Experiment 1: Free recall, long study time, JOLs

Method

Participants

In Experiments 1–10, there was no a-priori estimate of effect size. Using rule of thumb, the sample size for Experiments 1–3 was set at about 30, and for Experiments 4–10 this was increased to about 42. Thirty-two students (19 women, age range: 18–32 years, mean age = 24.07 years) from the University of Haifa participated in Experiment 1. Participants were tested individually and received monetary compensation for their participation.

Materials

Materials consisted of 48 nouns taken from Drori and Henik’s (2005) norms for Hebrew words. The words were randomly divided into three sets of 14 items, matched for mean estimated familiarity (1–7 scale; M = 3.91, SE = .07), mean estimated concreteness (1–7 scale; M = 6.02, SE = .10), mean number of letters (M = 4.35, SE = .18), and mean number of syllables (M = 2.23, SE = .08). The remaining six items served as primacy and recency buffers, and were excluded from all analyses. Materials (in Hebrew) are available from the author upon request.

Procedure

Participants were seated at a fixed distance of 23 in. from a 19-in. screen using a chin rest. They were asked to study words for a later memory test and were informed that the words would be presented in various font sizes. The words were then presented one at a time on the computer screen in black Arial font on a white background for 5 s each. Words from the three sets were intermixed and presented in a random order, with the restriction that no more than two items from the same set were presented consecutively. Words from one set were presented in 48-point font, words from another set were presented in 18-point font, and words from the third set were presented in 5-point font. The assignment of font sizes to sets was counterbalanced across participants. In addition, three primacy buffers and three recency buffers were presented at the beginning and the end of the list respectively. The first, second, and third primacy and recency buffers always appeared in 48-, 18-, and 5-point font, respectively. Immediately after the presentation of each word, participants were prompted to predict the chance that they would later be able to remember it on a 0–100 scale (JOL). Participants were given 4 s to record their JOL on a form which included 48 empty fields labeled 1–48. They were instructed to write “x” in the appropriate field if they were unable to read the word. Immediately following the study list, participants engaged in a filler task for 5 min that required them to write down as many countries as they could. Finally, participants were given 4 min to write down as many of the study words as they could on a blank sheet of paper.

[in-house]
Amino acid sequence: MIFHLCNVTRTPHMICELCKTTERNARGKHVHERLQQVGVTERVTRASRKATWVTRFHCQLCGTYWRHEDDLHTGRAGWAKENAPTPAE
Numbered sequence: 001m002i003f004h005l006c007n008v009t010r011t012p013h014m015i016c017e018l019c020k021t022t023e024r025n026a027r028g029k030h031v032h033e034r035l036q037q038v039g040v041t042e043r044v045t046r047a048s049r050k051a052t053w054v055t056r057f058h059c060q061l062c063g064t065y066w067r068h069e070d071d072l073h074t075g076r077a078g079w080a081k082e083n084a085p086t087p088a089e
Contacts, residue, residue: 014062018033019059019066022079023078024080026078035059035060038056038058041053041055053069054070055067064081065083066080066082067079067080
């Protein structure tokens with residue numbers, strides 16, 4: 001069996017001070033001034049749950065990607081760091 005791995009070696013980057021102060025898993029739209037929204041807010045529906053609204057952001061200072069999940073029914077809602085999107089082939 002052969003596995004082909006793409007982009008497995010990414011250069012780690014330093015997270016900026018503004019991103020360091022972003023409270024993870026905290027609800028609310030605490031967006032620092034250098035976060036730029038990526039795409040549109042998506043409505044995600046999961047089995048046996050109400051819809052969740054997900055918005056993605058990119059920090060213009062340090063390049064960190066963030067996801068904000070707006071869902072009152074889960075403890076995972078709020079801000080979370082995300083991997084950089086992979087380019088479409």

Results